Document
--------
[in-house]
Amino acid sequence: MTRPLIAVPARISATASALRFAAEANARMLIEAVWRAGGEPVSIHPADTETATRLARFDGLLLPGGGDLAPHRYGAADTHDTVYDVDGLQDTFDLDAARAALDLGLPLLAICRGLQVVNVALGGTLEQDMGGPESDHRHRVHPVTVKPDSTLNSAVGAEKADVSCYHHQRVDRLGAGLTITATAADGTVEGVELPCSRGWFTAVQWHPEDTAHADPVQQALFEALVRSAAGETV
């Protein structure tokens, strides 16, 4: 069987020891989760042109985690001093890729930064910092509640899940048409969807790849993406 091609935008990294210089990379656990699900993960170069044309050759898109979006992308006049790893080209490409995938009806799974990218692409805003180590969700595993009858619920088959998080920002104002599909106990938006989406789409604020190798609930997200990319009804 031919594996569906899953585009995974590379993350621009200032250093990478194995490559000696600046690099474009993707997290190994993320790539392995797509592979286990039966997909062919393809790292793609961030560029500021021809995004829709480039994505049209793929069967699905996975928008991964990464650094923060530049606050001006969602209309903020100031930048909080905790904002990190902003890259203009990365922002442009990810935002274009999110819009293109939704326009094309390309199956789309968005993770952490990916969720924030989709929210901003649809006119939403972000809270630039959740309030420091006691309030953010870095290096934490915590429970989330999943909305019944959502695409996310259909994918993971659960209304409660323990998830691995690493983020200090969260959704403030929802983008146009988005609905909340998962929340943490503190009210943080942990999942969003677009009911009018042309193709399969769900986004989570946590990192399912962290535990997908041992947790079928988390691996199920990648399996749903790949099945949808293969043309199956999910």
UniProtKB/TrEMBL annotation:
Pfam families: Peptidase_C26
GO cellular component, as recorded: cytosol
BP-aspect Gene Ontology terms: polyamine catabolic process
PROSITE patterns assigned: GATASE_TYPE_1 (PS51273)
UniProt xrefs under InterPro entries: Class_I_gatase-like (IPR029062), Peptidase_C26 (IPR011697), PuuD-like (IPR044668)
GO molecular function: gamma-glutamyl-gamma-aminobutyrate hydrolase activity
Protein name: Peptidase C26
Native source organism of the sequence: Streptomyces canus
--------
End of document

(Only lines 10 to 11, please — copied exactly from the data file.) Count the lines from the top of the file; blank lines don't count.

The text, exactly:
GO molecular function: gamma-glutamyl-gamma-aminobutyrate hydrolase activity
Protein name: Peptidase C26